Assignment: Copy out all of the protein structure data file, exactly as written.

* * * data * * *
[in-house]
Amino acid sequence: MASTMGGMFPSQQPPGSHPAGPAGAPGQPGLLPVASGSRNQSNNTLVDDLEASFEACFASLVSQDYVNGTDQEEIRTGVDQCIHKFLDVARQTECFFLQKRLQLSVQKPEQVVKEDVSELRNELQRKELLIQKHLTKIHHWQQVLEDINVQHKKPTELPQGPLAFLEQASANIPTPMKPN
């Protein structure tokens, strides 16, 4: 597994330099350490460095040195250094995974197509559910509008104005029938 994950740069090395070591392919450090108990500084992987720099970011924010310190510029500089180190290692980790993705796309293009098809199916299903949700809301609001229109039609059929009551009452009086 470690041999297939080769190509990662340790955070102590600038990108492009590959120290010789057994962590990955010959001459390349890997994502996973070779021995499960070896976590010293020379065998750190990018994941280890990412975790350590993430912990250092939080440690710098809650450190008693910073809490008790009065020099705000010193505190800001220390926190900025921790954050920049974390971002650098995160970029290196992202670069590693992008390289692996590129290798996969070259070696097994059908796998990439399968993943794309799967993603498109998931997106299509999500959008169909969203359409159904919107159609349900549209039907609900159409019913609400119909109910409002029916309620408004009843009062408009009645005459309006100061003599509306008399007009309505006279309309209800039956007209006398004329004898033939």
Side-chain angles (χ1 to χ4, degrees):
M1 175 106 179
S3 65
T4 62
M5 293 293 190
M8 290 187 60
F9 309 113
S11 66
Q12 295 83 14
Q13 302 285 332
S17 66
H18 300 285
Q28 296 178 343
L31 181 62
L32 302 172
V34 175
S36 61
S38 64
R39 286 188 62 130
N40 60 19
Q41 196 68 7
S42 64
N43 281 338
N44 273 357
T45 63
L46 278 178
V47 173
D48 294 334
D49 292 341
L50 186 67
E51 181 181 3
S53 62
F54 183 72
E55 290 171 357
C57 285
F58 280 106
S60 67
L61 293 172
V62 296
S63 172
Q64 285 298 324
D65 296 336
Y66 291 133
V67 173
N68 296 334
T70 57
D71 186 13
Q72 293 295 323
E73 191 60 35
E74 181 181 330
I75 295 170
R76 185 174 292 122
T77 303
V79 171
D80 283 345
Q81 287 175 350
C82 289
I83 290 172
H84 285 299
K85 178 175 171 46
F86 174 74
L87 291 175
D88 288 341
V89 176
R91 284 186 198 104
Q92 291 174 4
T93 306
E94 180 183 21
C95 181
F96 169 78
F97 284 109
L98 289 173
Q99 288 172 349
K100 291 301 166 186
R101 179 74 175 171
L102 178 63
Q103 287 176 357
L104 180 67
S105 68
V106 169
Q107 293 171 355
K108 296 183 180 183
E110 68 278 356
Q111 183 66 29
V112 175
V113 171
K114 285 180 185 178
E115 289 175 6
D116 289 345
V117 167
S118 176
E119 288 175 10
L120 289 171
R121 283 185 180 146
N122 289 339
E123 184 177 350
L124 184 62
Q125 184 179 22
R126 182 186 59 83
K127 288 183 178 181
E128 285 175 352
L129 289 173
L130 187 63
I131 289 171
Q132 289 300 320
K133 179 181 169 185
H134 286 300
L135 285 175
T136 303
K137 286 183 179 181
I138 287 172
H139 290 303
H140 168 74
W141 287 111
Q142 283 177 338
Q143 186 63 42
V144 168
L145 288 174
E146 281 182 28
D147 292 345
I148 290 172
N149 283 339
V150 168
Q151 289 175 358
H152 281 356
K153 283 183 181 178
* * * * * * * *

[in-house]
Amino acid sequence: MASTMGGMFPSQQPPGSHPAGPAGAPGQPGLLPVASGSRNQSNNTLVDDLEASFEACFASLVSQDYVNGTDQEEIRTGVDQCIHKFLDVARQTECFFLQKRLQLSVQKPEQVVKEDVSELRNELQRKELLIQKHLTKIHHWQQVLEDINVQHKKPTELPQGPLAFLEQASANIPTPMKPN
């Protein structure tokens, strides 16, 4: 597994330099350490460095040195250094995974197509559910509008104005029938 994950740069090395070591392919450090108990500084992987720099970011924010310190510029500089180190290692980790993705796309293009098809199916299903949700809301609001229109039609059929009551009452009086 470690041999297939080769190509990662340790955070102590600038990108492009590959120290010789057994962590990955010959001459390349890997994502996973070779021995499960070896976590010293020379065998750190990018994941280890990412975790350590993430912990250092939080440690710098809650450190008693910073809490008790009065020099705000010193505190800001220390926190900025921790954050920049974390971002650098995160970029290196992202670069590693992008390289692996590129290798996969070259070696097994059908796998990439399968993943794309799967993603498109998931997106299509999500959008169909969203359409159904919107159609349900549209039907609900159409019913609400119909109910409002029916309620408004009843009062408009009645005459309006100061003599509306008399007009309505006279309309209800039956007209006398004329004898033939």
Side-chain angles (χ1 to χ4, degrees):
M1 175 106 179
S3 65
T4 62
M5 293 293 190
M8 290 187 60
F9 309 113
S11 66
Q12 295 83 14
Q13 302 285 332
S17 66
H18 300 285
Q28 296 178 343
L31 181 62
L32 302 172
V34 175
S36 61
S38 64
R39 286 188 62 130
N40 60 19
Q41 196 68 7
S42 64
N43 281 338
N44 273 357
T45 63
L46 278 178
V47 173
D48 294 334
D49 292 341
L50 186 67
E51 181 181 3
S53 62
F54 183 72
E55 290 171 357
C57 285
F58 280 106
S60 67
L61 293 172
V62 296
S63 172
Q64 285 298 324
D65 296 336
Y66 291 133
V67 173
N68 296 334
T70 57
D71 186 13
Q72 293 295 323
E73 191 60 35
E74 181 181 330
I75 295 170
R76 185 174 292 122
T77 303
V79 171
D80 283 345
Q81 287 175 350
C82 289
I83 290 172
H84 285 299
K85 178 175 171 46
F86 174 74
L87 291 175
D88 288 341
V89 176
R91 284 186 198 104
Q92 291 174 4
T93 306
E94 180 183 21
C95 181
F96 169 78
F97 284 109
L98 289 173
Q99 288 172 349
K100 291 301 166 186
R101 179 74 175 171
L102 178 63
Q103 287 176 357
L104 180 67
S105 68
V106 169
Q107 293 171 355
K108 296 183 180 183
E110 68 278 356
Q111 183 66 29
V112 175
V113 171
K114 285 180 185 178
E115 289 175 6
D116 289 345
V117 167
S118 176
E119 288 175 10
L120 289 171
R121 283 185 180 146
N122 289 339
E123 184 177 350
L124 184 62
Q125 184 179 22
R126 182 186 59 83
K127 288 183 178 181
E128 285 175 352
L129 289 173
L130 187 63
I131 289 171
Q132 289 300 320
K133 179 181 169 185
H134 286 300
L135 285 175
T136 303
K137 286 183 179 181
I138 287 172
H139 290 303
H140 168 74
W141 287 111
Q142 283 177 338
Q143 186 63 42
V144 168
L145 288 174
E146 281 182 28
D147 292 345
I148 290 172
N149 283 339
V150 168
Q151 289 175 358
H152 281 356
K153 283 183 181 178